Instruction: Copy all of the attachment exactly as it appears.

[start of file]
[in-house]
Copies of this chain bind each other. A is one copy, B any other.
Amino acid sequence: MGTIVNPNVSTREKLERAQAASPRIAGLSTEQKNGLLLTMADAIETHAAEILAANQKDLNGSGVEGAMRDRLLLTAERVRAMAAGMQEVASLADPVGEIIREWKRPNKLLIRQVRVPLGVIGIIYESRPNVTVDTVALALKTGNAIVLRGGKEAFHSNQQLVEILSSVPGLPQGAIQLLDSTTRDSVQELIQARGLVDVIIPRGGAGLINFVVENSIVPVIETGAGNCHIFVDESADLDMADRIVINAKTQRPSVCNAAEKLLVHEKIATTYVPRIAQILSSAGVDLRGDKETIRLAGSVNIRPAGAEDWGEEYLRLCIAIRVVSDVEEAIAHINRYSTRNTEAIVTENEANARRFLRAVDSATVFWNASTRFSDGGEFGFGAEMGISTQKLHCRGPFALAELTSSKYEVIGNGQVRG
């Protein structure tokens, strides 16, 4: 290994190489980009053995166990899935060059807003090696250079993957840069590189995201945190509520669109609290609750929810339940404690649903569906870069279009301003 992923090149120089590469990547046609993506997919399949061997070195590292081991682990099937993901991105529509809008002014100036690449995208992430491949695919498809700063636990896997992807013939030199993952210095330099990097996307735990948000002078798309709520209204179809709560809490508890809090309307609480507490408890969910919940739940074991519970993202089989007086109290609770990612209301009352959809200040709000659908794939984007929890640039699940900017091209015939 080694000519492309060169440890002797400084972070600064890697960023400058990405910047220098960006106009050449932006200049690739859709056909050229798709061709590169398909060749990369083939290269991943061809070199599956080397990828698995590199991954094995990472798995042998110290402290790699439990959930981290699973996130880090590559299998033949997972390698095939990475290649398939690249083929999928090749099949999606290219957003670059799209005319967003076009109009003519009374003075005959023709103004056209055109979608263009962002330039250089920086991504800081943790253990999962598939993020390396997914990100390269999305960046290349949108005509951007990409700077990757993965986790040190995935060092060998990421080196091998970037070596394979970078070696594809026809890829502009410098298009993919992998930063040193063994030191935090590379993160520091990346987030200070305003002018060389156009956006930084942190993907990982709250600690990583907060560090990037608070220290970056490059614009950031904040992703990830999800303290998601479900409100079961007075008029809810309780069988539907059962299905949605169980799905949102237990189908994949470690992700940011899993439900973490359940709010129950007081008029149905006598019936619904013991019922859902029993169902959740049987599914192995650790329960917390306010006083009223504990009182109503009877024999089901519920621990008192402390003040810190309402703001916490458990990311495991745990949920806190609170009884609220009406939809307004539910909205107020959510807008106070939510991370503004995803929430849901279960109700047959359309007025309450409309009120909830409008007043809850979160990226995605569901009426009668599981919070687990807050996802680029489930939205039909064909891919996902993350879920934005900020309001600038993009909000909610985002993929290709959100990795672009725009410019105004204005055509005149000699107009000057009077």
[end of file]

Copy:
[in-house]
Copies of this chain bind each other. A is one copy, B any other.
Amino acid sequence: MGTIVNPNVSTREKLERAQAASPRIAGLSTEQKNGLLLTMADAIETHAAEILAANQKDLNGSGVEGAMRDRLLLTAERVRAMAAGMQEVASLADPVGEIIREWKRPNKLLIRQVRVPLGVIGIIYESRPNVTVDTVALALKTGNAIVLRGGKEAFHSNQQLVEILSSVPGLPQGAIQLLDSTTRDSVQELIQARGLVDVIIPRGGAGLINFVVENSIVPVIETGAGNCHIFVDESADLDMADRIVINAKTQRPSVCNAAEKLLVHEKIATTYVPRIAQILSSAGVDLRGDKETIRLAGSVNIRPAGAEDWGEEYLRLCIAIRVVSDVEEAIAHINRYSTRNTEAIVTENEANARRFLRAVDSATVFWNASTRFSDGGEFGFGAEMGISTQKLHCRGPFALAELTSSKYEVIGNGQVRG
């Protein structure tokens, strides 16, 4: 290994190489980009053995166990899935060059807003090696250079993957840069590189995201945190509520669109609290609750929810339940404690649903569906870069279009301003 992923090149120089590469990547046609993506997919399949061997070195590292081991682990099937993901991105529509809008002014100036690449995208992430491949695919498809700063636990896997992807013939030199993952210095330099990097996307735990948000002078798309709520209204179809709560809490508890809090309307609480507490408890969910919940739940074991519970993202089989007086109290609770990612209301009352959809200040709000659908794939984007929890640039699940900017091209015939 080694000519492309060169440890002797400084972070600064890697960023400058990405910047220098960006106009050449932006200049690739859709056909050229798709061709590169398909060749990369083939290269991943061809070199599956080397990828698995590199991954094995990472798995042998110290402290790699439990959930981290699973996130880090590559299998033949997972390698095939990475290649398939690249083929999928090749099949999606290219957003670059799209005319967003076009109009003519009374003075005959023709103004056209055109979608263009962002330039250089920086991504800081943790253990999962598939993020390396997914990100390269999305960046290349949108005509951007990409700077990757993965986790040190995935060092060998990421080196091998970037070596394979970078070696594809026809890829502009410098298009993919992998930063040193063994030191935090590379993160520091990346987030200070305003002018060389156009956006930084942190993907990982709250600690990583907060560090990037608070220290970056490059614009950031904040992703990830999800303290998601479900409100079961007075008029809810309780069988539907059962299905949605169980799905949102237990189908994949470690992700940011899993439900973490359940709010129950007081008029149905006598019936619904013991019922859902029993169902959740049987599914192995650790329960917390306010006083009223504990009182109503009877024999089901519920621990008192402390003040810190309402703001916490458990990311495991745990949920806190609170009884609220009406939809307004539910909205107020959510807008106070939510991370503004995803929430849901279960109700047959359309007025309450409309009120909830409008007043809850979160990226995605569901009426009668599981919070687990807050996802680029489930939205039909064909891919996902993350879920934005900020309001600038993009909000909610985002993929290709959100990795672009725009410019105004204005055509005149000699107009000057009077």